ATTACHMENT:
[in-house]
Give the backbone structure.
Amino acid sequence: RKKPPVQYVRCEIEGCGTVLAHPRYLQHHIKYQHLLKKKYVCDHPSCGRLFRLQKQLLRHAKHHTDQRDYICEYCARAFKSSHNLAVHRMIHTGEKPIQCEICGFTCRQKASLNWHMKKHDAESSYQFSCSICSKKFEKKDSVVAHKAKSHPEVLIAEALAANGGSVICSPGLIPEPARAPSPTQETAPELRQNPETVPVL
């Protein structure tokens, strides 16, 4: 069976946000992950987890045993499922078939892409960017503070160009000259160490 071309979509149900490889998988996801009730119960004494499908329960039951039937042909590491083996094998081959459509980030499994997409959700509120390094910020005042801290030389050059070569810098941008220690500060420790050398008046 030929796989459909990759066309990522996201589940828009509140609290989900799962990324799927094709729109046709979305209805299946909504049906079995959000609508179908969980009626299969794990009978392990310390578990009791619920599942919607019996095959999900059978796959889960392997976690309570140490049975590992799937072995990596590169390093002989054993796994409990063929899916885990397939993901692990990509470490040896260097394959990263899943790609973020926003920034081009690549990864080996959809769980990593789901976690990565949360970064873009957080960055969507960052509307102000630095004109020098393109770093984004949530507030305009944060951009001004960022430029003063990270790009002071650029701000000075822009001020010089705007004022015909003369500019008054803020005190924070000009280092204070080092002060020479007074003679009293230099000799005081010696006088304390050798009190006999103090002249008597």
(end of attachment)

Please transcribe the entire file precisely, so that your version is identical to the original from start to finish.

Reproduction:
[in-house]
Give the backbone structure.
Amino acid sequence: RKKPPVQYVRCEIEGCGTVLAHPRYLQHHIKYQHLLKKKYVCDHPSCGRLFRLQKQLLRHAKHHTDQRDYICEYCARAFKSSHNLAVHRMIHTGEKPIQCEICGFTCRQKASLNWHMKKHDAESSYQFSCSICSKKFEKKDSVVAHKAKSHPEVLIAEALAANGGSVICSPGLIPEPARAPSPTQETAPELRQNPETVPVL
């Protein structure tokens, strides 16, 4: 069976946000992950987890045993499922078939892409960017503070160009000259160490 071309979509149900490889998988996801009730119960004494499908329960039951039937042909590491083996094998081959459509980030499994997409959700509120390094910020005042801290030389050059070569810098941008220690500060420790050398008046 030929796989459909990759066309990522996201589940828009509140609290989900799962990324799927094709729109046709979305209805299946909504049906079995959000609508179908969980009626299969794990009978392990310390578990009791619920599942919607019996095959999900059978796959889960392997976690309570140490049975590992799937072995990596590169390093002989054993796994409990063929899916885990397939993901692990990509470490040896260097394959990263899943790609973020926003920034081009690549990864080996959809769980990593789901976690990565949360970064873009957080960055969507960052509307102000630095004109020098393109770093984004949530507030305009944060951009001004960022430029003063990270790009002071650029701000000075822009001020010089705007004022015909003369500019008054803020005190924070000009280092204070080092002060020479007074003679009293230099000799005081010696006088304390050798009190006999103090002249008597």